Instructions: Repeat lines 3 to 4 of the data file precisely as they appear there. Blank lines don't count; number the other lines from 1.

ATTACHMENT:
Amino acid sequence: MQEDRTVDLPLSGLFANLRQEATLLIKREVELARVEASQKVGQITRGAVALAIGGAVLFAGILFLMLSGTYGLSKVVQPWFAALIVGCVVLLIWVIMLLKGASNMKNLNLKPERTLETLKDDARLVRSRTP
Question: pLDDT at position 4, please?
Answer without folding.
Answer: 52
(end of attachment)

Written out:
Answer without folding.
Answer: 52